Axio, a platform for cybersecurity risk evaluation, today announced the closure of a $23 million Series B round led by Temasek’s ISTARI, with participation from investors NFP Ventures, IA Capital Group and former BP CEO Bob Dudley.
Axio CEO Scott Kannry tells TechCrunch that the proceeds — which bring New York–based Axio’s total capital raised to $30 million — will be put toward product and engineering team development and supporting go-to-market functions and expanding across “key geographies.”
This round brings Axio’s total funding to $30 million, including a $4.5 million Series A round closed in 2018.
Axio was co-founded in 2016 by Kannry and Dave White, who say they were inspired by the difficulty companies often have making decisions around cybersecurity investments. Kannry led the cyber insurance team for several years at Aon, while Dave came from Carnegie Mellon and spent the bulk of his career architecting cybersecurity frameworks, including a model — C2M2 (Cybersecurity Capability Maturity Model) — adopted by the U.S. Department of Energy.
Axio is led by president David White, and CEO Scott Kannry, a former Aon vice president.
We are ecstatic about securing this Series B investment round that now gives us the means to meet the growing global demand for cyber risk quantification. The attack landscape has demonstrated that old, faith-based strategies that simply layer on controls without a clear understanding of what to prioritize have done little to reduce susceptibility.Scott Kannry, CEO and co-founder of Axio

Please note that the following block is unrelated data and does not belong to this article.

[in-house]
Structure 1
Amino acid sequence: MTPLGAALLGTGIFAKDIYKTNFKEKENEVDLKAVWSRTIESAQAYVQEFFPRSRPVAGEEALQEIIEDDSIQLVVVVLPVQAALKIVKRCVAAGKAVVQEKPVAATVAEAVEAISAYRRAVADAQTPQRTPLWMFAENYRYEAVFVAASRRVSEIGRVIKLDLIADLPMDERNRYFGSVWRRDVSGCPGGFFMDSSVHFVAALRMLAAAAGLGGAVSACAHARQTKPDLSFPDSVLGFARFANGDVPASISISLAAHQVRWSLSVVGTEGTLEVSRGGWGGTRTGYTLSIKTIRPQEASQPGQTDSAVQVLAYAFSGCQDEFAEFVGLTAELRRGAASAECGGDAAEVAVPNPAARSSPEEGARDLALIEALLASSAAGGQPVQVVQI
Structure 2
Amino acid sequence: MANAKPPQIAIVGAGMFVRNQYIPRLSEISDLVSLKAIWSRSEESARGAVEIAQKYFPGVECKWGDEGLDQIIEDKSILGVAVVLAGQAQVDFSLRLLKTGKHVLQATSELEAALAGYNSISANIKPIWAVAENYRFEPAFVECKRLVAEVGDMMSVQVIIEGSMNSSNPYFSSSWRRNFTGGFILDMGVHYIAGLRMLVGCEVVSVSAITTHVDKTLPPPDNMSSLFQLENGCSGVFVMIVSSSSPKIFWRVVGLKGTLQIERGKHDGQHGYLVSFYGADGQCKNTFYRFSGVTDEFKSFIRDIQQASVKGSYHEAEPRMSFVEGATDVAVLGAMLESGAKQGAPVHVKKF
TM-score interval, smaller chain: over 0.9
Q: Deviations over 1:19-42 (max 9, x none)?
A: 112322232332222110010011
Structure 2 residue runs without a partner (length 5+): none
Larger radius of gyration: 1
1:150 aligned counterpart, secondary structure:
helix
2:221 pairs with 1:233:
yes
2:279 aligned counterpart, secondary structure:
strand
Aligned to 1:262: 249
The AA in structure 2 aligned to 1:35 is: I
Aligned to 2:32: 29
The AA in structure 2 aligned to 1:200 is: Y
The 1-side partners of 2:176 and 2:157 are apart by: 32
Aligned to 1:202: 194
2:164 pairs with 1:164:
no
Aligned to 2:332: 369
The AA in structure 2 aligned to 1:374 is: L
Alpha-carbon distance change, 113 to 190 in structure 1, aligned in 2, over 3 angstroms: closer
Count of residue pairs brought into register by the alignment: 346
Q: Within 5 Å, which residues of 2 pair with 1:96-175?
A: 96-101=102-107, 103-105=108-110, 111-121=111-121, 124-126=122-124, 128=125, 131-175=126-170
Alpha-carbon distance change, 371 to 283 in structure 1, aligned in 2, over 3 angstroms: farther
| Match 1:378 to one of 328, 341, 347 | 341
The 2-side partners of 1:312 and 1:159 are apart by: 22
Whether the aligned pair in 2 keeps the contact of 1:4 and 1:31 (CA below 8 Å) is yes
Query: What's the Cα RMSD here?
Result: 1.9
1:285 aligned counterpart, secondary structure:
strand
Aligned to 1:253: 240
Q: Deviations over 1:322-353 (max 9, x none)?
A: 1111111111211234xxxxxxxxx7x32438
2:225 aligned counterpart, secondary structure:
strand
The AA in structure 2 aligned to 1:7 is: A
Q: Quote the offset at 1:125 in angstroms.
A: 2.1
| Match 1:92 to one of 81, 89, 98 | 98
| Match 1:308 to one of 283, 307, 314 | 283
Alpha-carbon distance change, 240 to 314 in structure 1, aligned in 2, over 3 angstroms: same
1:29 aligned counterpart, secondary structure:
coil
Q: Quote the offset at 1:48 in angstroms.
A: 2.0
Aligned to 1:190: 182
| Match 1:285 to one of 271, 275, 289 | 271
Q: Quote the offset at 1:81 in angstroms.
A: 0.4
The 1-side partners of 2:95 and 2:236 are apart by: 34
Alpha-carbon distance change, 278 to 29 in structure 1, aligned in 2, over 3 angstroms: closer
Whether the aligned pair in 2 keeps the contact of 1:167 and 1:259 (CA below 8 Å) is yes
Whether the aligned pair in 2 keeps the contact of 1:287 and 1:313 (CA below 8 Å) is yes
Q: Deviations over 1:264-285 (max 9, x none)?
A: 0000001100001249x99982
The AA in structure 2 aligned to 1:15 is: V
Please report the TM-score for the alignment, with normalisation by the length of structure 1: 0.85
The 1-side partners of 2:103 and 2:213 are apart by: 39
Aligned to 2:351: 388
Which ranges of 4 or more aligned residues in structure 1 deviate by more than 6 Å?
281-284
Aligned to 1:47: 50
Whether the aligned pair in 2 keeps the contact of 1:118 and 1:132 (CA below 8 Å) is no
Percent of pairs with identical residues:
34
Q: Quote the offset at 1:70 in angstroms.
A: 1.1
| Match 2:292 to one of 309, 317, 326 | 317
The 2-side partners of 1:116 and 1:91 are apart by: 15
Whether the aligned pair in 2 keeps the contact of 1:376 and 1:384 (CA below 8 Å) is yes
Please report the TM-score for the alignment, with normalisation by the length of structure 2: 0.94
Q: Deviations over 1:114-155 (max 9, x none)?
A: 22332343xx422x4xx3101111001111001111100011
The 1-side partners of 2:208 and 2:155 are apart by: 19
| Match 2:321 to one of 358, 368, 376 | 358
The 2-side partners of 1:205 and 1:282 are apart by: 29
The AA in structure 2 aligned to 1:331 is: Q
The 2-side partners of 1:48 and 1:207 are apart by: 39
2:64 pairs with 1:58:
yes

“We started this company to help CISOs understand how they should spend their next dollar, through risk mitigation or risk transfer (insurance). Cyber-attacks will happen and since hackers are continuously innovating, CISOs need to improve in tandem to ensure cyber resilience.” – Axio president and co-founder David White.
Axio aims to help businesses answer questions like whether they should invest in cyber controls (e.g., endpoint security) versus cyber insurance and how much of a budget a security team needs to reduce the likelihood of a loss, Kannry said. The product produces reports that quantify cyber risk in financial terms without resorting to scores and technical jargon, allowing departments to input information to generate metrics showing how a company is — or isn’t — improving over time.
Startups like BitSight offer similar products that assess the likelihood an organization will be breached. But Kannry says that Axio differentiates through a focus on modeling the impact of cyber scenarios. In other words, Axio worries less about probabilities when evaluating risk and more about their severest effects.
Axio recently introduced dynamic scenarios that let companies model “what if” scenarios to help them understand how to prioritize their security controls. It also inked strategic partnerships with several large cyber insurers, which Kannry says leverage Axio’s platform as part of their cyber insurance underwriting processes.